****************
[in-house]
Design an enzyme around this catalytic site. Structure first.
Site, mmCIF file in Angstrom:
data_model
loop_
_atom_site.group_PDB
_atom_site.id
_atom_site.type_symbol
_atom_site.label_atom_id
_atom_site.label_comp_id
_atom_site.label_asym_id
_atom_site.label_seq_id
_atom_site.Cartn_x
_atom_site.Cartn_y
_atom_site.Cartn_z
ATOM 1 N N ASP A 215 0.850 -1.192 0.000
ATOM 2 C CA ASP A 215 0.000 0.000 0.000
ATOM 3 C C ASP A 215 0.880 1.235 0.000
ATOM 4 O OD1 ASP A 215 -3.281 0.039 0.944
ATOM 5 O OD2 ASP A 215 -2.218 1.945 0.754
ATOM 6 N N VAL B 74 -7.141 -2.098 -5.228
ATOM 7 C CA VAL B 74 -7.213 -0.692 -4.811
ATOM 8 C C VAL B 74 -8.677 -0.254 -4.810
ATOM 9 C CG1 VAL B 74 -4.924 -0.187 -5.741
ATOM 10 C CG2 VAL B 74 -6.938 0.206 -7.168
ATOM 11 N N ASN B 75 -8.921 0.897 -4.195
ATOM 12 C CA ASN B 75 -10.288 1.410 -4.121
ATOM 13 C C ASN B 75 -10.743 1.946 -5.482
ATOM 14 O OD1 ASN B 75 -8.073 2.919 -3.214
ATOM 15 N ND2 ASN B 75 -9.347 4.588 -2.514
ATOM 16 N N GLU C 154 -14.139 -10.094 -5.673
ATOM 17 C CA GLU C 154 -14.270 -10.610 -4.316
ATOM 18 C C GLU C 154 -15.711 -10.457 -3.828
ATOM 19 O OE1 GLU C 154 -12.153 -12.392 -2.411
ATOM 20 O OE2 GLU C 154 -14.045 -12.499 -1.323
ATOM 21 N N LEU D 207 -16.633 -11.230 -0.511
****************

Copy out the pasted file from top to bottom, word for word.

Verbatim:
[in-house]
Design an enzyme around this catalytic site. Structure first.
Site, mmCIF file in Angstrom:
data_model
loop_
_atom_site.group_PDB
_atom_site.id
_atom_site.type_symbol
_atom_site.label_atom_id
_atom_site.label_comp_id
_atom_site.label_asym_id
_atom_site.label_seq_id
_atom_site.Cartn_x
_atom_site.Cartn_y
_atom_site.Cartn_z
ATOM 1 N N ASP A 215 0.850 -1.192 0.000
ATOM 2 C CA ASP A 215 0.000 0.000 0.000
ATOM 3 C C ASP A 215 0.880 1.235 0.000
ATOM 4 O OD1 ASP A 215 -3.281 0.039 0.944
ATOM 5 O OD2 ASP A 215 -2.218 1.945 0.754
ATOM 6 N N VAL B 74 -7.141 -2.098 -5.228
ATOM 7 C CA VAL B 74 -7.213 -0.692 -4.811
ATOM 8 C C VAL B 74 -8.677 -0.254 -4.810
ATOM 9 C CG1 VAL B 74 -4.924 -0.187 -5.741
ATOM 10 C CG2 VAL B 74 -6.938 0.206 -7.168
ATOM 11 N N ASN B 75 -8.921 0.897 -4.195
ATOM 12 C CA ASN B 75 -10.288 1.410 -4.121
ATOM 13 C C ASN B 75 -10.743 1.946 -5.482
ATOM 14 O OD1 ASN B 75 -8.073 2.919 -3.214
ATOM 15 N ND2 ASN B 75 -9.347 4.588 -2.514
ATOM 16 N N GLU C 154 -14.139 -10.094 -5.673
ATOM 17 C CA GLU C 154 -14.270 -10.610 -4.316
ATOM 18 C C GLU C 154 -15.711 -10.457 -3.828
ATOM 19 O OE1 GLU C 154 -12.153 -12.392 -2.411
ATOM 20 O OE2 GLU C 154 -14.045 -12.499 -1.323
ATOM 21 N N LEU D 207 -16.633 -11.230 -0.511